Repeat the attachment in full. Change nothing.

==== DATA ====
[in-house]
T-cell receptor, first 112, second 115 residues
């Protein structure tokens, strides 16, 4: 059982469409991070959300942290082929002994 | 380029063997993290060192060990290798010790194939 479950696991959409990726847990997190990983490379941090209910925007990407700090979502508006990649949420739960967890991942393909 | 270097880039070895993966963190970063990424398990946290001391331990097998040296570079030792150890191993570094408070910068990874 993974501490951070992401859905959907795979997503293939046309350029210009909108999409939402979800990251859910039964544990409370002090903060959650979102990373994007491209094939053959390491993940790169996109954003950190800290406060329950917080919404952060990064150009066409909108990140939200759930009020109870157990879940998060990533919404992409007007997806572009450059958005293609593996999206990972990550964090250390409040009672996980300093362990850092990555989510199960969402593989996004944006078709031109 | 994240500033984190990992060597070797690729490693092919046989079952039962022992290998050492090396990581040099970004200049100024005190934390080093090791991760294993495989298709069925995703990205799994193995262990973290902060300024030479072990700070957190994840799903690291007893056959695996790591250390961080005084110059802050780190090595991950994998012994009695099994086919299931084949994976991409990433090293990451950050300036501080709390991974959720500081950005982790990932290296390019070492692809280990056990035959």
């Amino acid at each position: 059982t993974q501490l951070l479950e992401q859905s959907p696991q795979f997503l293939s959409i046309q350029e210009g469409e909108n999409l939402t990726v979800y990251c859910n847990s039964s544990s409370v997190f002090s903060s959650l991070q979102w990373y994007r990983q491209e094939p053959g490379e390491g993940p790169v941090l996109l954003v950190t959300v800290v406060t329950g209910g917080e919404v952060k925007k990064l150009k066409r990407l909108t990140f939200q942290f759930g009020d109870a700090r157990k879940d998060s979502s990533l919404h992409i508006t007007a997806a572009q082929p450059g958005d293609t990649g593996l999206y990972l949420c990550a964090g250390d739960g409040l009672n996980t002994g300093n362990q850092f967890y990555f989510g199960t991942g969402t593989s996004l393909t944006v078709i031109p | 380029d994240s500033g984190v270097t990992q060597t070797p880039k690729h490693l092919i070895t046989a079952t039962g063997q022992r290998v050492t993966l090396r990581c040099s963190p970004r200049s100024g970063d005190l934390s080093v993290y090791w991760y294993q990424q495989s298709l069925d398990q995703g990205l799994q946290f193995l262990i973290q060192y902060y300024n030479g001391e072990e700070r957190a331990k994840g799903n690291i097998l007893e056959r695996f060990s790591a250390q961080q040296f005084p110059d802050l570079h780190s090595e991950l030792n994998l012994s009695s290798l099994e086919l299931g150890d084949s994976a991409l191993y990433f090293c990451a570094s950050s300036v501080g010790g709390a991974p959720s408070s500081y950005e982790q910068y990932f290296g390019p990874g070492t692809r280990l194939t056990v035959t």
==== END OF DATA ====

[in-house]
T-cell receptor, first 112, second 115 residues
């Protein structure tokens, strides 16, 4: 059982469409991070959300942290082929002994 | 380029063997993290060192060990290798010790194939 479950696991959409990726847990997190990983490379941090209910925007990407700090979502508006990649949420739960967890991942393909 | 270097880039070895993966963190970063990424398990946290001391331990097998040296570079030792150890191993570094408070910068990874 993974501490951070992401859905959907795979997503293939046309350029210009909108999409939402979800990251859910039964544990409370002090903060959650979102990373994007491209094939053959390491993940790169996109954003950190800290406060329950917080919404952060990064150009066409909108990140939200759930009020109870157990879940998060990533919404992409007007997806572009450059958005293609593996999206990972990550964090250390409040009672996980300093362990850092990555989510199960969402593989996004944006078709031109 | 994240500033984190990992060597070797690729490693092919046989079952039962022992290998050492090396990581040099970004200049100024005190934390080093090791991760294993495989298709069925995703990205799994193995262990973290902060300024030479072990700070957190994840799903690291007893056959695996790591250390961080005084110059802050780190090595991950994998012994009695099994086919299931084949994976991409990433090293990451950050300036501080709390991974959720500081950005982790990932290296390019070492692809280990056990035959």
């Amino acid at each position: 059982t993974q501490l951070l479950e992401q859905s959907p696991q795979f997503l293939s959409i046309q350029e210009g469409e909108n999409l939402t990726v979800y990251c859910n847990s039964s544990s409370v997190f002090s903060s959650l991070q979102w990373y994007r990983q491209e094939p053959g490379e390491g993940p790169v941090l996109l954003v950190t959300v800290v406060t329950g209910g917080e919404v952060k925007k990064l150009k066409r990407l909108t990140f939200q942290f759930g009020d109870a700090r157990k879940d998060s979502s990533l919404h992409i508006t007007a997806a572009q082929p450059g958005d293609t990649g593996l999206y990972l949420c990550a964090g250390d739960g409040l009672n996980t002994g300093n362990q850092f967890y990555f989510g199960t991942g969402t593989s996004l393909t944006v078709i031109p | 380029d994240s500033g984190v270097t990992q060597t070797p880039k690729h490693l092919i070895t046989a079952t039962g063997q022992r290998v050492t993966l090396r990581c040099s963190p970004r200049s100024g970063d005190l934390s080093v993290y090791w991760y294993q990424q495989s298709l069925d398990q995703g990205l799994q946290f193995l262990i973290q060192y902060y300024n030479g001391e072990e700070r957190a331990k994840g799903n690291i097998l007893e056959r695996f060990s790591a250390q961080q040296f005084p110059d802050l570079h780190s090595e991950l030792n994998l012994s009695s290798l099994e086919l299931g150890d084949s994976a991409l191993y990433f090293c990451a570094s950050s300036v501080g010790g709390a991974p959720s408070s500081y950005e982790q910068y990932f290296g390019p990874g070492t692809r280990l194939t056990v035959t």